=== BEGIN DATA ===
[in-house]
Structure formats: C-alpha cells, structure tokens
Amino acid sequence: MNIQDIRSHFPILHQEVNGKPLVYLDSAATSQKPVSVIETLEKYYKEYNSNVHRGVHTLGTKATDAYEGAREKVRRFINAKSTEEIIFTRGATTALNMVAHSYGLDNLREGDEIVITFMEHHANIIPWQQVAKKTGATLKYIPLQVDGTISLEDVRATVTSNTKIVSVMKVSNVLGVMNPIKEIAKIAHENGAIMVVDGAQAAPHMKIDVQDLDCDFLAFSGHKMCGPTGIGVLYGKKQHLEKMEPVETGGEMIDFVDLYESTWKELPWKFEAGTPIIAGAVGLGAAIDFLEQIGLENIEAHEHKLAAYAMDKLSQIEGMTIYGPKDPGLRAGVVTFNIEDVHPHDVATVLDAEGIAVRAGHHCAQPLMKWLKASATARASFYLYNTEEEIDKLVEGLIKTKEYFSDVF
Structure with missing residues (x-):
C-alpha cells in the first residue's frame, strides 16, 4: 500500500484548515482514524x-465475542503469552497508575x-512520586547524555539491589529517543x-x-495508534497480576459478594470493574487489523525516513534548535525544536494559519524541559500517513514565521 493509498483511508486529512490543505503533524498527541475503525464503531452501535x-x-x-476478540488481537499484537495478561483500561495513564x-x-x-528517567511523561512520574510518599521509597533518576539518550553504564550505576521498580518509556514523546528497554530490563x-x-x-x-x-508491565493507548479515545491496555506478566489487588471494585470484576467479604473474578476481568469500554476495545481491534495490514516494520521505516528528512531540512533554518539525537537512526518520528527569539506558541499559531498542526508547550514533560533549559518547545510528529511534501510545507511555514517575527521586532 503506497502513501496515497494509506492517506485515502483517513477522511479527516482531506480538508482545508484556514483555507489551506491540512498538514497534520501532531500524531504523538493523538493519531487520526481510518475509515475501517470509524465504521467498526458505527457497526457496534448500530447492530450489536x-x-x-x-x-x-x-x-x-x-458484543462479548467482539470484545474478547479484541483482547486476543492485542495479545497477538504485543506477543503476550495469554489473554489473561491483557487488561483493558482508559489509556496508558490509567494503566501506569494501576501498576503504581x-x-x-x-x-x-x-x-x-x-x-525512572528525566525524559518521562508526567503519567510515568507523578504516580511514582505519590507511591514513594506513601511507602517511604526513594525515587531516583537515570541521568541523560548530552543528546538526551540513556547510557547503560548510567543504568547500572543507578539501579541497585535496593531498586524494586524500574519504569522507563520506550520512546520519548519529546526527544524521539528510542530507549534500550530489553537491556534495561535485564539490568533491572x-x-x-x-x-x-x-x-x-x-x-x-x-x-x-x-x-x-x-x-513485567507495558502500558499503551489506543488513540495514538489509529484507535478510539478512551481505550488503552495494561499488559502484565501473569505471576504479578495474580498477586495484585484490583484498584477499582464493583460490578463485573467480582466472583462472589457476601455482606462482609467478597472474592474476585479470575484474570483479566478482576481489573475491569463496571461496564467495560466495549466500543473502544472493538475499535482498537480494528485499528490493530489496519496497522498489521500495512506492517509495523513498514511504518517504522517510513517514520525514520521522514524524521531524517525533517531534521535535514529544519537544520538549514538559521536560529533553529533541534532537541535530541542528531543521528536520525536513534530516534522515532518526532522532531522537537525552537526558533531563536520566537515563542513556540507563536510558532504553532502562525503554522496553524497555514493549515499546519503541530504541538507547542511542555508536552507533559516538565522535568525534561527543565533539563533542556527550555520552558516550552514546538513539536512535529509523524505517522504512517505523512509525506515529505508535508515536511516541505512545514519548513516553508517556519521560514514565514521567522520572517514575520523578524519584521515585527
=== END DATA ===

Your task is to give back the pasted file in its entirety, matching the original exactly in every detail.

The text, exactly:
[in-house]
Structure formats: C-alpha cells, structure tokens
Amino acid sequence: MNIQDIRSHFPILHQEVNGKPLVYLDSAATSQKPVSVIETLEKYYKEYNSNVHRGVHTLGTKATDAYEGAREKVRRFINAKSTEEIIFTRGATTALNMVAHSYGLDNLREGDEIVITFMEHHANIIPWQQVAKKTGATLKYIPLQVDGTISLEDVRATVTSNTKIVSVMKVSNVLGVMNPIKEIAKIAHENGAIMVVDGAQAAPHMKIDVQDLDCDFLAFSGHKMCGPTGIGVLYGKKQHLEKMEPVETGGEMIDFVDLYESTWKELPWKFEAGTPIIAGAVGLGAAIDFLEQIGLENIEAHEHKLAAYAMDKLSQIEGMTIYGPKDPGLRAGVVTFNIEDVHPHDVATVLDAEGIAVRAGHHCAQPLMKWLKASATARASFYLYNTEEEIDKLVEGLIKTKEYFSDVF
Structure with missing residues (x-):
C-alpha cells in the first residue's frame, strides 16, 4: 500500500484548515482514524x-465475542503469552497508575x-512520586547524555539491589529517543x-x-495508534497480576459478594470493574487489523525516513534548535525544536494559519524541559500517513514565521 493509498483511508486529512490543505503533524498527541475503525464503531452501535x-x-x-476478540488481537499484537495478561483500561495513564x-x-x-528517567511523561512520574510518599521509597533518576539518550553504564550505576521498580518509556514523546528497554530490563x-x-x-x-x-508491565493507548479515545491496555506478566489487588471494585470484576467479604473474578476481568469500554476495545481491534495490514516494520521505516528528512531540512533554518539525537537512526518520528527569539506558541499559531498542526508547550514533560533549559518547545510528529511534501510545507511555514517575527521586532 503506497502513501496515497494509506492517506485515502483517513477522511479527516482531506480538508482545508484556514483555507489551506491540512498538514497534520501532531500524531504523538493523538493519531487520526481510518475509515475501517470509524465504521467498526458505527457497526457496534448500530447492530450489536x-x-x-x-x-x-x-x-x-x-458484543462479548467482539470484545474478547479484541483482547486476543492485542495479545497477538504485543506477543503476550495469554489473554489473561491483557487488561483493558482508559489509556496508558490509567494503566501506569494501576501498576503504581x-x-x-x-x-x-x-x-x-x-x-525512572528525566525524559518521562508526567503519567510515568507523578504516580511514582505519590507511591514513594506513601511507602517511604526513594525515587531516583537515570541521568541523560548530552543528546538526551540513556547510557547503560548510567543504568547500572543507578539501579541497585535496593531498586524494586524500574519504569522507563520506550520512546520519548519529546526527544524521539528510542530507549534500550530489553537491556534495561535485564539490568533491572x-x-x-x-x-x-x-x-x-x-x-x-x-x-x-x-x-x-x-x-513485567507495558502500558499503551489506543488513540495514538489509529484507535478510539478512551481505550488503552495494561499488559502484565501473569505471576504479578495474580498477586495484585484490583484498584477499582464493583460490578463485573467480582466472583462472589457476601455482606462482609467478597472474592474476585479470575484474570483479566478482576481489573475491569463496571461496564467495560466495549466500543473502544472493538475499535482498537480494528485499528490493530489496519496497522498489521500495512506492517509495523513498514511504518517504522517510513517514520525514520521522514524524521531524517525533517531534521535535514529544519537544520538549514538559521536560529533553529533541534532537541535530541542528531543521528536520525536513534530516534522515532518526532522532531522537537525552537526558533531563536520566537515563542513556540507563536510558532504553532502562525503554522496553524497555514493549515499546519503541530504541538507547542511542555508536552507533559516538565522535568525534561527543565533539563533542556527550555520552558516550552514546538513539536512535529509523524505517522504512517505523512509525506515529505508535508515536511516541505512545514519548513516553508517556519521560514514565514521567522520572517514575520523578524519584521515585527